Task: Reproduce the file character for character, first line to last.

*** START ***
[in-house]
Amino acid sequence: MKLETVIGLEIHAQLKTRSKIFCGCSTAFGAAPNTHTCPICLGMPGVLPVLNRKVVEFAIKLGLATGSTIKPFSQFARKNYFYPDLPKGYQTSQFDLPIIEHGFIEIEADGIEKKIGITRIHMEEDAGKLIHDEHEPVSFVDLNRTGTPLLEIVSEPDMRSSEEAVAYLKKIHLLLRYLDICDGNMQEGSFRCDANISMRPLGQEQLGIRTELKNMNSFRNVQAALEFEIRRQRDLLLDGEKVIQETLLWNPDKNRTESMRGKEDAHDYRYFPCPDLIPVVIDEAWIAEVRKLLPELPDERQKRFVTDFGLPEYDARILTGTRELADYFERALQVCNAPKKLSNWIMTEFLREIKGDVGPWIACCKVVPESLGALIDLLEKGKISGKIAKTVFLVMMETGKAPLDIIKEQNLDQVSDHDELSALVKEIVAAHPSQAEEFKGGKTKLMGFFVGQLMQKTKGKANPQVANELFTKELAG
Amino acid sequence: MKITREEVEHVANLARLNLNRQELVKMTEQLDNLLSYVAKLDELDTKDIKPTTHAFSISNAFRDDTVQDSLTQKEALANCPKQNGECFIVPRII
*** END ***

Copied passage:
[in-house]
Amino acid sequence: MKLETVIGLEIHAQLKTRSKIFCGCSTAFGAAPNTHTCPICLGMPGVLPVLNRKVVEFAIKLGLATGSTIKPFSQFARKNYFYPDLPKGYQTSQFDLPIIEHGFIEIEADGIEKKIGITRIHMEEDAGKLIHDEHEPVSFVDLNRTGTPLLEIVSEPDMRSSEEAVAYLKKIHLLLRYLDICDGNMQEGSFRCDANISMRPLGQEQLGIRTELKNMNSFRNVQAALEFEIRRQRDLLLDGEKVIQETLLWNPDKNRTESMRGKEDAHDYRYFPCPDLIPVVIDEAWIAEVRKLLPELPDERQKRFVTDFGLPEYDARILTGTRELADYFERALQVCNAPKKLSNWIMTEFLREIKGDVGPWIACCKVVPESLGALIDLLEKGKISGKIAKTVFLVMMETGKAPLDIIKEQNLDQVSDHDELSALVKEIVAAHPSQAEEFKGGKTKLMGFFVGQLMQKTKGKANPQVANELFTKELAG
Amino acid sequence: MKITREEVEHVANLARLNLNRQELVKMTEQLDNLLSYVAKLDELDTKDIKPTTHAFSISNAFRDDTVQDSLTQKEALANCPKQNGECFIVPRII